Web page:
10. Vertical Distribution and Daily Flight Periodicity of Ambrosia Beetles (Coleoptera: Curculionidae) in Florida Avocado Orchards Affected by Laurel Wilt.

    Science.gov (United States)

    Menocal, Octavio; Kendra, Paul E; Montgomery, Wayne S; Crane, Jonathan H; Carrillo, Daniel

    2018-03-08

    Ambrosia beetles have emerged as significant pests of avocado ((Persea americana Mill. [Laurales: Lauraceae])) due to their association with pathogenic fungal symbionts, most notably Raffaelea lauricola T.C. Harr., Fraedrich & Aghayeva (Ophiostomatales: Ophiostomataceae), the causal agent of the laurel wilt (LW) disease. We evaluated the interaction of ambrosia beetles with host avocado trees by documenting their flight height and daily flight periodicity in Florida orchards with LW. Flight height was assessed passively in three avocado orchards by using ladder-like arrays of unbaited sticky traps arranged at three levels (low: 0-2 m; middle: 2-4 m; high: 4-6 m). In total, 1,306 individuals of 12 Scolytinae species were intercepted, but six accounted for ~95% of the captures: Xyleborus volvulus (Fabricius) (Coleoptera: Curculionidae), Xyleborinus saxesenii Ratzeburg (Coleoptera: Curculionidae), Euplatypus parallelus (Fabricius) (Coleoptera: Curculionidae), Xyleborus bispinatus Eichhoff (Coleoptera: Curculionidae), Xyleborus affinis Eichhoff (Coleoptera: Curculionidae), and Hypothenemus sp. (Coleoptera: Curculionidae). The primary vector of R. lauricola, Xyleborus glabratus Eichhoff (Coleoptera: Curculionidae), was not detected. Females of X. volvulus showed a preference for flight at low levels and X. bispinatus for the low and middle levels; however, captures of all other species were comparable at all heights. At a fourth orchard, a baiting method was used to document flight periodicity. Females of X. saxesenii and Hypothenemus sp. were observed in flight 2-2.5 h prior to sunset; X. bispinatus, X. volvulus, and X. affinis initiated flight at ~1 h before sunset and Xylosandrus crassiusculus (Motschulsky) (Coleoptera: Curculionidae) at 30 min prior to sunset. Results suggest that ambrosia beetles in South Florida fly near sunset (when light intensity and wind speed decrease) at much greater heights than previously assumed and have species-specific patterns in host

  11. High diversity and endemism in the genus Cautires Waterhouse, 1879 (Coleoptera: Lycidae from the Malay mountain forests, with the descriptions of fourteen new species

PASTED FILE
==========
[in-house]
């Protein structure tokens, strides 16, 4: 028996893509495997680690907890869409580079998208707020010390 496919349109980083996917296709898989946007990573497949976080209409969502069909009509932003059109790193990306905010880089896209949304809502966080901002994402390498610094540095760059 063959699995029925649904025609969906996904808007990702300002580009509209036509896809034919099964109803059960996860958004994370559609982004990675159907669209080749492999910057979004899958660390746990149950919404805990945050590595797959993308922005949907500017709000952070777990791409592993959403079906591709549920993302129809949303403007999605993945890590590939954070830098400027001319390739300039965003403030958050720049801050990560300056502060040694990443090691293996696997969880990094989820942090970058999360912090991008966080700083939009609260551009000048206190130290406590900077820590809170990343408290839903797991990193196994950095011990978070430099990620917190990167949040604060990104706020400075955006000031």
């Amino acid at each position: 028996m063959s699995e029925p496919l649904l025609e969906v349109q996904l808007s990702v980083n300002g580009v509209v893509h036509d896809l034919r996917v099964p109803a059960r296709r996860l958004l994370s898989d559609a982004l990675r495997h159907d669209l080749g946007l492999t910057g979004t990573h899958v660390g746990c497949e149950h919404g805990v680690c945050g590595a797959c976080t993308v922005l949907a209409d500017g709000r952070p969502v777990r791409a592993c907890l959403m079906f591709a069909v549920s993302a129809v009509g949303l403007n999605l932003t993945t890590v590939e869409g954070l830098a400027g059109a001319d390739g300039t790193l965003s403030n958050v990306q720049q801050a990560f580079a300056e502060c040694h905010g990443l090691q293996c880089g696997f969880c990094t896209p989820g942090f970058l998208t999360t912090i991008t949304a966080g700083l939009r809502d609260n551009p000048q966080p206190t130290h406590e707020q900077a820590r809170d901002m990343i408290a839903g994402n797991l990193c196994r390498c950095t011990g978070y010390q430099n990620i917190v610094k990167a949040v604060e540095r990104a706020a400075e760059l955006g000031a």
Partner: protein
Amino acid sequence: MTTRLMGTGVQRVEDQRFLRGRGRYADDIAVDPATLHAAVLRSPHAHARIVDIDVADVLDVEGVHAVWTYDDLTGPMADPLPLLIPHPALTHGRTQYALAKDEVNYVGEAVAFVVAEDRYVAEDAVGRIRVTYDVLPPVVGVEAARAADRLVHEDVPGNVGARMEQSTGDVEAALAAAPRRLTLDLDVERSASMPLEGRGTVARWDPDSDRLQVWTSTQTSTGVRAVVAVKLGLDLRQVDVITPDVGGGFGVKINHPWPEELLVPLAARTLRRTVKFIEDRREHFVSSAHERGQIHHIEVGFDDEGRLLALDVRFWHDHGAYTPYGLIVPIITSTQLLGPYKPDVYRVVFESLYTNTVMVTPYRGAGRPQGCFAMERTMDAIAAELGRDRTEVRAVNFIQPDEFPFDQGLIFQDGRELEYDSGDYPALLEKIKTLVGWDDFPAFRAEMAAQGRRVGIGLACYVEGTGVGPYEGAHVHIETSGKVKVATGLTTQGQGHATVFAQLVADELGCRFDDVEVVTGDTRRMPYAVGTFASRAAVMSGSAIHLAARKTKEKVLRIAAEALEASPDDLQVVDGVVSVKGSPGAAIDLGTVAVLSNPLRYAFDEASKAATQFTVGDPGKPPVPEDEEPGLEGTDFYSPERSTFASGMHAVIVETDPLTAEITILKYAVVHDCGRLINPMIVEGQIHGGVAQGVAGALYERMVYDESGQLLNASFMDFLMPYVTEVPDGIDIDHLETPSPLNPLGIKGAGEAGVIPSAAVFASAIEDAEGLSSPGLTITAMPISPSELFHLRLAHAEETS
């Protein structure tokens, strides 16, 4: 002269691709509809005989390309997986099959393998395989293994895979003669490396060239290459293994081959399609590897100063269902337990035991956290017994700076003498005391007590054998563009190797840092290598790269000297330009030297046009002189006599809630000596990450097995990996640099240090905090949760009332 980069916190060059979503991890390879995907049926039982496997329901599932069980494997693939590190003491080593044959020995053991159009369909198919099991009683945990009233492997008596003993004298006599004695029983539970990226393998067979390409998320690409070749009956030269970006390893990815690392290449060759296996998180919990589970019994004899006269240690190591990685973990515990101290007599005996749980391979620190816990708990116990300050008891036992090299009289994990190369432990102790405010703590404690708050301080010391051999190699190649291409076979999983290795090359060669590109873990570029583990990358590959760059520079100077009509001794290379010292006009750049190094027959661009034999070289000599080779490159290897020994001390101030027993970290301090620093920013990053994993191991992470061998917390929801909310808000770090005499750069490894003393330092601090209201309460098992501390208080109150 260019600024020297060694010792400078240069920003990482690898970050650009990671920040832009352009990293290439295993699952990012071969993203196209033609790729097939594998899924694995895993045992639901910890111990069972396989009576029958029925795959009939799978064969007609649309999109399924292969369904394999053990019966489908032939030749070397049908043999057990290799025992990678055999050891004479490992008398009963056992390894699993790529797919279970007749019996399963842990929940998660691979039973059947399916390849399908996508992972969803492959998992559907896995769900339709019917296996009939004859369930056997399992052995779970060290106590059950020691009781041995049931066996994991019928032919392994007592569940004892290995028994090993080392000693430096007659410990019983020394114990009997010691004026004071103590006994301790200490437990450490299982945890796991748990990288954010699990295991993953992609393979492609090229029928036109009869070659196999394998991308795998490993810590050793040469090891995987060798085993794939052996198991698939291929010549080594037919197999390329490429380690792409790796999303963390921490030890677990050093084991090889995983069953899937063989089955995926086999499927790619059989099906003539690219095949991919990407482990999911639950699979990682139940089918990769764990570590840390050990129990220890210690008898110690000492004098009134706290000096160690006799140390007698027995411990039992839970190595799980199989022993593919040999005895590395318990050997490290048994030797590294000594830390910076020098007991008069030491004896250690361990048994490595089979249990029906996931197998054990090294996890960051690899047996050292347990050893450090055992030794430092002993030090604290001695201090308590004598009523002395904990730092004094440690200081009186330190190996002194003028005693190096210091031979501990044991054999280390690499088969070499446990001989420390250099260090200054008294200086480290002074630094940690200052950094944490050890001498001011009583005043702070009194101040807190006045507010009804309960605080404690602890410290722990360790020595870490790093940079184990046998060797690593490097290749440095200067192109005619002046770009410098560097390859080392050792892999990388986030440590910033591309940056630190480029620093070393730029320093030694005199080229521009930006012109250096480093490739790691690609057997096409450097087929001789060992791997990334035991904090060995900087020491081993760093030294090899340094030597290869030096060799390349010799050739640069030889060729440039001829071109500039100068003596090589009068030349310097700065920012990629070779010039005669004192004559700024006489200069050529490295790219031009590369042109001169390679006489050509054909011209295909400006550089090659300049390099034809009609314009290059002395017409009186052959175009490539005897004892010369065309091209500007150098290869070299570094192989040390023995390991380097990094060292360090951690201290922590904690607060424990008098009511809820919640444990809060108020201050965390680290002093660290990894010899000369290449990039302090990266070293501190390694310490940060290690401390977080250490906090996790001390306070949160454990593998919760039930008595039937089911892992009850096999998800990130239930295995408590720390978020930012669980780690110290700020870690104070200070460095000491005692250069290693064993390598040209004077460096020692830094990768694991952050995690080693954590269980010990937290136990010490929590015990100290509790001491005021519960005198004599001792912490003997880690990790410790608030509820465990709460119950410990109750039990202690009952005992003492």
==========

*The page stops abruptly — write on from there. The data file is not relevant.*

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    Alice Jiruskova

    2016-08-01

    Full Text Available We identified a high diversity in the net-winged beetles of the genus Cautires in Peninsular Malaysia. Fourteen new species are described: Cautires alexae sp. nov., C. andujari sp. nov., C. arribasae sp. nov., C. berembanensis sp. nov., C. campestris sp. nov., C. communis sp. nov., C. jasarensis sp. nov., C. katarinae sp. nov., C. kirstenae sp. nov., C. kotatinggensis sp. nov., C. linardi sp. nov., C. maseki sp. nov., C. pahangensis sp. nov. and C. renatae sp. nov. Seven previously described species are discussed, illustrated and differential diagnoses provided; all species are keyed. The Cautires species differ in a limited number of diagnostic characters, namely in the shape of male antennae, the relative size of eyes and in the shape of the male genitalia. The females are difficult to assign to a conspecific male due to high intraspecific variability. The characteristically low dispersal propensity of net-winged beetles lead to the evolution of the unique fauna in the Malay mountains and despite an extensive study of the type material we recorded only a single species of Cautires occurring simultaneously in Sumatra. We suggest that the Malay mountain fauna is highly endemic and evolved in situ.

  12. Monitoring the establishment and flight phenology of parasitoids of emerald ash borer (Coleoptera: Buprestidae) in Michigan by using sentinel eggs and larvae

    Science.gov (United States)

    Kristopher J. Abell; Leah S. Bauer; Deborah L. Miller; Jian J. Duan; Roy G. Van Driesche

    2016-01-01

    The emerald ash borer, Agrilus planipennis Fairmaire (Coleoptera: Buprestidae), is an important invasive pest of ash (Fraxinus) trees in North America. Two larval parasitoid species, Tetrastichus planipennisi Yang (Hymenoptera: Eulophidae) and Spathius agrili Yang (Hymenoptera:...

  13. Genome size evolution at the speciation level: the cryptic species complex Brachionus plicatilis (Rotifera).

    Science.gov (United States)

    Stelzer, Claus-Peter; Riss, Simone; Stadler, Peter

    2011-04-07

    Studies on genome size variation in animals are rarely done at lower taxonomic levels, e.g., slightly above/below the species level. Yet, such variation might provide important clues on the tempo and mode of genome size evolution. In this study we used the flow-cytometry method to study the evolution of genome size in the rotifer Brachionus plicatilis, a cryptic species complex consisting of at least 14 closely related species. We found an unexpectedly high variation in this species complex, with genome sizes ranging approximately seven-fold (haploid '1C' genome sizes: 0.056-0.416 pg). Most of this variation (67%) could be ascribed to the major clades of the species complex, i.e. clades that are well separated according to most species definitions. However, we also found substantial variation (32%) at lower taxonomic levels--within and among genealogical species--and, interestingly, among species pairs that are not completely reproductively isolated. In one genealogical species, called B. 'Austria', we found greatly enlarged genome sizes that could roughly be approximated as multiples of the genomes of its closest relatives, which suggests that whole-genome duplications have occurred early during separation of this lineage. Overall, genome size was significantly correlated to egg size and body size, even though the latter became non-significant after controlling for phylogenetic non-independence. Our study suggests that substantial genome size variation can build up early during speciation, potentially even among isolated populations. An alternative, but not mutually exclusive interpretation might be that reproductive isolation tends to build up unusually slow in this species complex.